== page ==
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GEAR NOTES - SPRAY PAINTING TIPS
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Spray Paint gets a bad rap in so many venues, and it's almost ALWAYS due to the USER, and NOT the paint!
As is ALWAYS the case with DIY projects, the main problem with spray paint is... the people who use it. I've seen a LOT of butchered spray paint jobs, and they always come down to the same problem... USER ERROR.
I hear many folks complaining that spray paint runs or drips (user error), that it doesn't adhere well (user error) or that it doesn't wear well and chips/scratches easily (user error). All of these issues come down to folks who DON'T READ DIRECTIONS, or simply don't understand the process.
A lot of these user errors happen in "rush jobs". If you're in a rush to paint and use a piece of gear... don't bother. Wait until you have some real time to invest in the paint job. If you do the "rush job", and the results are less than satisfactory... don't complain about the product!
Here are the ways that every step of a "rush job" can hurt the end results:
In point of fact, MOST people simply skip surface prep and jump straight to painting... with terrible results. Glossy surfaces, oils, waxes and other surface conditions WILL prevent proper paint adherence to your project. The most common issue when painting plastics is "mold release agent". This substance prevents plastic from sticking to the mold during manufacturing... and it will also prevent paint from sticking to your project! There are specialty paints that are advertised to overcome this, but in reality, MOST paint will adhere to plastic if it is properly prepped!
If you want to see good paint adherence and durability, you MUST thoroughly clean and degrease and then rough up your surfaces with fine sandpaper or 3M type scouring pad. This will give the spray paint a better surface to cling to. Decent prep also means good ventilation, good lighting, and a dust free environment. It might also involve hangers or clips to suspend an object so you can access all the surfaces you want painted (or masking to keep other surfaces free of paint).
- PRE-PAINT - Another thing people do is to skip or rush the paint mixing. When the manufacturer tells you to shake thoroughly for at least a minute... they MEAN IT. I shake rather vigorously for about 2-3 minutes. If you don't have a consistent mixture, you will not get proper drying/adherence! When you actually start painting, plan to stop every couple minutes for another 10 or 20 seconds of shaking. That little marble inside the can was put there for a reason... make it rattle!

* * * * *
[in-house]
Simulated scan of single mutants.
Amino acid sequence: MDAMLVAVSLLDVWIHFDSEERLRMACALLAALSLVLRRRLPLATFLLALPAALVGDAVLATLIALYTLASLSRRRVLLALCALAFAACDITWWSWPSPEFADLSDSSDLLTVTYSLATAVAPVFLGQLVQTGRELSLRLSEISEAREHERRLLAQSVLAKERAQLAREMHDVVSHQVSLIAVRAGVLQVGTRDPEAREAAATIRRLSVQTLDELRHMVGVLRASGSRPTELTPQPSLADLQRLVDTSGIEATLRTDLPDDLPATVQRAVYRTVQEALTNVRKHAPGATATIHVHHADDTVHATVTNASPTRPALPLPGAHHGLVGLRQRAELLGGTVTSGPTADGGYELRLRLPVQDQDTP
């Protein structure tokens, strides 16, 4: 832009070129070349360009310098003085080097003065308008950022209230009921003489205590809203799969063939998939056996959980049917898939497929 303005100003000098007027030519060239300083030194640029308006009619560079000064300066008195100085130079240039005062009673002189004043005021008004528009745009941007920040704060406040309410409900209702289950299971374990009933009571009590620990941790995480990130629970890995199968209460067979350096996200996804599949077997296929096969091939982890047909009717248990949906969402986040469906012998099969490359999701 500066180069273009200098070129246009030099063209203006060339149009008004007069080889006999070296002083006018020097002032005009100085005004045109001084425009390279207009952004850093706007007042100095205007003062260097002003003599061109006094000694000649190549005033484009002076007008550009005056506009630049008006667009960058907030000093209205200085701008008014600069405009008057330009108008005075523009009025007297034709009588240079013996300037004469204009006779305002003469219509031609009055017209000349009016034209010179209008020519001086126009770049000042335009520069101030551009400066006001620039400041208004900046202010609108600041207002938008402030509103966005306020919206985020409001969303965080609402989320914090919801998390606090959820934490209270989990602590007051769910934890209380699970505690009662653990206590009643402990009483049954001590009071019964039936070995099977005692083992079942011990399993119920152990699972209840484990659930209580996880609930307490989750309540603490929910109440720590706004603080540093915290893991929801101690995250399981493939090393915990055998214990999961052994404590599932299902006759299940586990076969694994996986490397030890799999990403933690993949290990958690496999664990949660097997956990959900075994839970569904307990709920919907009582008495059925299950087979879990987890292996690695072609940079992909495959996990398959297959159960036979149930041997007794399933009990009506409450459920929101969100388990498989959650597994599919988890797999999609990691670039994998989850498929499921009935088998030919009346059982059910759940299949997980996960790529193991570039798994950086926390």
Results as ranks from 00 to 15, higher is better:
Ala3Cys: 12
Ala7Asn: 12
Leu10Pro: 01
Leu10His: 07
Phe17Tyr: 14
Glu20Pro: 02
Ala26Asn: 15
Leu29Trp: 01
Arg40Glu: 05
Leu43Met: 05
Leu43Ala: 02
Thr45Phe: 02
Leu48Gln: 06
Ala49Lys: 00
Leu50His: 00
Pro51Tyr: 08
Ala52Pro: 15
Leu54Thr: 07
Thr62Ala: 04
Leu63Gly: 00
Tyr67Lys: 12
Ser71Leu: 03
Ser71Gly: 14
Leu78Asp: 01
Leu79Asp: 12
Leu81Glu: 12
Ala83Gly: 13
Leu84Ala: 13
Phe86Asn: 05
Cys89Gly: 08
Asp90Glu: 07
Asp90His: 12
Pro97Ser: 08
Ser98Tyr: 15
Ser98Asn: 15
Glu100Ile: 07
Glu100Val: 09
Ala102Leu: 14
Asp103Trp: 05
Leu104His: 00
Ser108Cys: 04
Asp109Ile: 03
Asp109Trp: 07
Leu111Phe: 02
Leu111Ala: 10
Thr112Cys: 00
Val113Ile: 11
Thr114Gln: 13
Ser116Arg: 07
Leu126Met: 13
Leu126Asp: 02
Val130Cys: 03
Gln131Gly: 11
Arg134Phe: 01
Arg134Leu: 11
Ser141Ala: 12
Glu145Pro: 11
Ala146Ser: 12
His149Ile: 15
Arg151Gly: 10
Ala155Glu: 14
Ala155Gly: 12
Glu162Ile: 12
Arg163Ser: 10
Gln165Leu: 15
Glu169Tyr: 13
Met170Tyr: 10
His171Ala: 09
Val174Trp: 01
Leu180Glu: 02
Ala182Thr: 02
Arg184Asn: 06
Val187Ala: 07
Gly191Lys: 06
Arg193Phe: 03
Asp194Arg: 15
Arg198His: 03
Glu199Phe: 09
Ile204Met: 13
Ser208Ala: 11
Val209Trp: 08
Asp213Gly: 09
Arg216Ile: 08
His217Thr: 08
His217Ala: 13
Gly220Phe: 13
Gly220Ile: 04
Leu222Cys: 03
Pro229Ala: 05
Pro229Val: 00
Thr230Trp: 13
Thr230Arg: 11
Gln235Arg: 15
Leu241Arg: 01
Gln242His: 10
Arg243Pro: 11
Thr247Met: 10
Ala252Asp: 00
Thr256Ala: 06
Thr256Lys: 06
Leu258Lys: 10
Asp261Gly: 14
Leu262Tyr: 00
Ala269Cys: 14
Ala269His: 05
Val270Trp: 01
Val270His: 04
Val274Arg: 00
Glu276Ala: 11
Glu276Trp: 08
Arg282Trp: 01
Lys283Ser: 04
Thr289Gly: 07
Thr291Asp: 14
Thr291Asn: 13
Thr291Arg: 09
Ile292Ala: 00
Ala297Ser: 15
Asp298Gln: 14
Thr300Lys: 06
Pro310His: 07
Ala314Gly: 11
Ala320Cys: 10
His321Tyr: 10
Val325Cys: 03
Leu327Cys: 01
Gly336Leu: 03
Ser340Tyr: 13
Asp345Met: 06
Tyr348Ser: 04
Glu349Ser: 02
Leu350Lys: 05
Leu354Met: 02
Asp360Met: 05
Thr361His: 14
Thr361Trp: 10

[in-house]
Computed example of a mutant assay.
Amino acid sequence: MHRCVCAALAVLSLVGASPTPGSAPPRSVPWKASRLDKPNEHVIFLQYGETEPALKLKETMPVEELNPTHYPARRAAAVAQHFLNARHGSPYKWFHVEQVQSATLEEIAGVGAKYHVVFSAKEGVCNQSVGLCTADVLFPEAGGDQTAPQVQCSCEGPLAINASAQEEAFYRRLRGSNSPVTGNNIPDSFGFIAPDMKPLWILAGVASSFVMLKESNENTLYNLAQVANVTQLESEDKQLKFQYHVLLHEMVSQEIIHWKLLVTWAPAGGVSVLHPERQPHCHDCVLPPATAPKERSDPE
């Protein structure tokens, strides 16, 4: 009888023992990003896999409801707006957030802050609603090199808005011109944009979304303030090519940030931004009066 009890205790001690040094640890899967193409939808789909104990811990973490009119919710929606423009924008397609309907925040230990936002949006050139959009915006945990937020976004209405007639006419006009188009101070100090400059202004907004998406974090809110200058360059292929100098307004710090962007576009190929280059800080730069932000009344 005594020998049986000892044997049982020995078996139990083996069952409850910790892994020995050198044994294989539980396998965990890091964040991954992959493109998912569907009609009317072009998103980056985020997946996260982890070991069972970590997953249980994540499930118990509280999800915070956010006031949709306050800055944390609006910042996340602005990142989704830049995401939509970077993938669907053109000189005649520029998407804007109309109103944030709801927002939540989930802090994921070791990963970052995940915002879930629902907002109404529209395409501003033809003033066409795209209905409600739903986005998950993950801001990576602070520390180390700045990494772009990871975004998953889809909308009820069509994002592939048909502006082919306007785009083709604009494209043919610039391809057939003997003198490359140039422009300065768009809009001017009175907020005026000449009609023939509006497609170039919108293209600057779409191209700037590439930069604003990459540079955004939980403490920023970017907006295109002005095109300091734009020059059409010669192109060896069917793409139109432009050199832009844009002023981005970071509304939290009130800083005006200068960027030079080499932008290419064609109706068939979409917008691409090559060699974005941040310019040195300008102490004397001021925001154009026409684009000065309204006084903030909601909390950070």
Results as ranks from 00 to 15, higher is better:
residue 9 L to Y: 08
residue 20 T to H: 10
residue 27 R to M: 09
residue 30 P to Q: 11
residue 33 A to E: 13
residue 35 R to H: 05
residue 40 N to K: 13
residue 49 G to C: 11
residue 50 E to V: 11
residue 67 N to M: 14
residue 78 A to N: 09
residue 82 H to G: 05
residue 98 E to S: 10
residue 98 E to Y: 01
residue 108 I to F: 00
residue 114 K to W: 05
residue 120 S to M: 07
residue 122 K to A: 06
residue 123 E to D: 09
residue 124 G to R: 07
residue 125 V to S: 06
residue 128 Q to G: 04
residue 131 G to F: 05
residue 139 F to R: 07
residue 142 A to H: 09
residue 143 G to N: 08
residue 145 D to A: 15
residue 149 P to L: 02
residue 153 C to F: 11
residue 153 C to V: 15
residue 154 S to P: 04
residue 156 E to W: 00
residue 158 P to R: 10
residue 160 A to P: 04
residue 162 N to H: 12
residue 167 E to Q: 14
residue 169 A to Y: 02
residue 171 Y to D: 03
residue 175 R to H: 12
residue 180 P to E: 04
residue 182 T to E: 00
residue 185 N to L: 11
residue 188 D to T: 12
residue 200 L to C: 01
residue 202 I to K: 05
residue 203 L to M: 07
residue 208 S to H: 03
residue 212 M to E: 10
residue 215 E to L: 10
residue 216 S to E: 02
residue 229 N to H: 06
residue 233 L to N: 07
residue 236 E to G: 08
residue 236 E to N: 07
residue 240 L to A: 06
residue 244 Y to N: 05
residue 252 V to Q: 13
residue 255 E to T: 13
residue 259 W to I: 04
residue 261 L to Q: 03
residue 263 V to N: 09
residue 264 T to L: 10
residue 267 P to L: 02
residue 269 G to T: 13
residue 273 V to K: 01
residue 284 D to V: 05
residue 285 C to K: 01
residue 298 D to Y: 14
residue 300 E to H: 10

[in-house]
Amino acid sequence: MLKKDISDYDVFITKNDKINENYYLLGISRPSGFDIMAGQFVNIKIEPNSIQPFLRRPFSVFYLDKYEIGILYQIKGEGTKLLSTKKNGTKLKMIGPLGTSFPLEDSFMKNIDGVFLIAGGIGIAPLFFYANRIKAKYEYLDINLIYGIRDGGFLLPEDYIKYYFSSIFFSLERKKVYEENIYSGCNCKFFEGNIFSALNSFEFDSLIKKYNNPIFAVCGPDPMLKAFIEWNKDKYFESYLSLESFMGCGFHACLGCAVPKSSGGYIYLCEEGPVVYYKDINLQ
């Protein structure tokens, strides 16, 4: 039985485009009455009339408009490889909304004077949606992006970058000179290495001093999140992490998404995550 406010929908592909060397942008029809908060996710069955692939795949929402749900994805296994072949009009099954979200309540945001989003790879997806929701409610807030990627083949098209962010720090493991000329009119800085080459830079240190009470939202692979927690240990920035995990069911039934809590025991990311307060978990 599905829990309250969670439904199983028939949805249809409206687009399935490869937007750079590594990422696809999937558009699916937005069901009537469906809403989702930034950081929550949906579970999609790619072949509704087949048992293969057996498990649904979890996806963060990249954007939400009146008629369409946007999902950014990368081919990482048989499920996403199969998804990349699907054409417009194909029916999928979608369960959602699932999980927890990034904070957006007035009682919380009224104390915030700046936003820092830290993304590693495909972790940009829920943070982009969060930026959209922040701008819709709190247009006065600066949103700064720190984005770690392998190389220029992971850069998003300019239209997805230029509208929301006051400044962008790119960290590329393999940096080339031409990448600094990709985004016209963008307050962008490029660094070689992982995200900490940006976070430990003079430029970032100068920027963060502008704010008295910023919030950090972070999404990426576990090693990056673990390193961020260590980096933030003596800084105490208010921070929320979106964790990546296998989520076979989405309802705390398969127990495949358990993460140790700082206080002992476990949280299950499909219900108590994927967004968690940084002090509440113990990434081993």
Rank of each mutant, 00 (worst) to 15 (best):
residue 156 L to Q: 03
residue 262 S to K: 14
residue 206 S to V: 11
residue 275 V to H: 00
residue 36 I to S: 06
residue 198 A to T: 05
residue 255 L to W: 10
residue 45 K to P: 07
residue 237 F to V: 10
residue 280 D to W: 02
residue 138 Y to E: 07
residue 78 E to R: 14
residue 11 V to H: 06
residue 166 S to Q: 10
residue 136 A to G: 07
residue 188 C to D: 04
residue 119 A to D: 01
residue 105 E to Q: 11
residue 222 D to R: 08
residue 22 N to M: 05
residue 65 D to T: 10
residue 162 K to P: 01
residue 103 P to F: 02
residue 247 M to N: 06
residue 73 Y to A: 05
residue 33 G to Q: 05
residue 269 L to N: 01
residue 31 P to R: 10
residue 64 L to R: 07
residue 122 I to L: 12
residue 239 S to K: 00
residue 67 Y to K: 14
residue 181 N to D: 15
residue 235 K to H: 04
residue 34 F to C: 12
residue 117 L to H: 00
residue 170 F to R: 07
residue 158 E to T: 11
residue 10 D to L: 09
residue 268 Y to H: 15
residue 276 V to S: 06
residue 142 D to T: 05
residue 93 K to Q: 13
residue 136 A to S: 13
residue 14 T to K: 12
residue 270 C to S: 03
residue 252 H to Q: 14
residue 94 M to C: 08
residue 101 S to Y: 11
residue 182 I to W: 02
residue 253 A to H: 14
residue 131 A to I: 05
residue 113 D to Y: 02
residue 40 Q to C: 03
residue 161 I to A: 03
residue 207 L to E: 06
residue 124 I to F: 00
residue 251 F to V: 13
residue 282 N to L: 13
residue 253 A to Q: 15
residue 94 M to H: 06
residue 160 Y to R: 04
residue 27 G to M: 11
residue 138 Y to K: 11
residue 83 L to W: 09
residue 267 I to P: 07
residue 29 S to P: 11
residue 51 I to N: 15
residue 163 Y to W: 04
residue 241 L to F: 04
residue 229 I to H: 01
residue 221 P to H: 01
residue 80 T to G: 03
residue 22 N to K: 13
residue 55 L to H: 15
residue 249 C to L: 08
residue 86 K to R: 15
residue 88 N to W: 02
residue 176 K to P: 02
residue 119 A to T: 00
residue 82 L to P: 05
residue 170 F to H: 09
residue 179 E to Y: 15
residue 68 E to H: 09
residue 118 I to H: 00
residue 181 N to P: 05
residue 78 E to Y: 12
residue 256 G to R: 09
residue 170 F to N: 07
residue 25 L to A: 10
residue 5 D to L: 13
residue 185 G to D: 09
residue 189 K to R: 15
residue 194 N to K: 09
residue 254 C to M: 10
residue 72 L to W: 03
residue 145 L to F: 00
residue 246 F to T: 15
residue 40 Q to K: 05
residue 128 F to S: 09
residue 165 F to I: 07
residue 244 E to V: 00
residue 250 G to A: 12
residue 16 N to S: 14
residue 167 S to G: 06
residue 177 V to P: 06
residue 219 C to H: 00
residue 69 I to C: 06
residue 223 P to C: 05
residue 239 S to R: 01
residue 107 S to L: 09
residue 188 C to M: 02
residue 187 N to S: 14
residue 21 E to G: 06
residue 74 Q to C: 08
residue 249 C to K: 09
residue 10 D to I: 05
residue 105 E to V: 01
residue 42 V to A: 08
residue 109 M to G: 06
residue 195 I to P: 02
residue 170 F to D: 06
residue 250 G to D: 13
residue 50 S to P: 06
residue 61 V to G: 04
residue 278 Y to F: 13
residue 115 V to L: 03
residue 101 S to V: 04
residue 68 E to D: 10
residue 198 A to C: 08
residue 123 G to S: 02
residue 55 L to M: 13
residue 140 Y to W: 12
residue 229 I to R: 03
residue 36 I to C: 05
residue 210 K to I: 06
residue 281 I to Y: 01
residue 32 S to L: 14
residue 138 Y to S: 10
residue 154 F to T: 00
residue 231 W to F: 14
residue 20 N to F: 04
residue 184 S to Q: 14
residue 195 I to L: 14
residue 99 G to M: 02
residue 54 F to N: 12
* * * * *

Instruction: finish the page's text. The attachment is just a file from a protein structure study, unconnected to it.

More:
People tend to try for one-coat coverage. They put spray paint down WAY too thick. This is where drips, runs and other cosmetic issues come into play. The can should be at least a foot from what you are spraying. The can should NEVER stop moving. When done properly, the first coat should look like you've faintly misted the surface. The second coat should have most of the surface covered, but with some areas still showing through. By the 3rd or 4th pass, you should have a nice, solid coating with no runs or drips.
This is yet another step that most people don't understand. The can may claim the paint is "dry to touch" in 1 hour (or even a few minutes)... but that does NOT mean the paint is DRY... in fact it's nowhere near dry. Most spray paint takes 24 hours to reach somewhere between half to 2/3 hardness. It will continue to harden over many days and finally reach peak hardness after as much as a week or two. Translation: If you paint your favorite hunting rifle the night before the hunt, don't expect the coating to hold up to abuse in the field. Giving it at LEAST a week in a warm, dry place is going to work wonders for overall durability.
By now you might be realizing that spray paint is NOT made to be a time saving method. If you're still reading this, you're the patient type who reads instructions. That's a good thing... spray paint was made for people like you!
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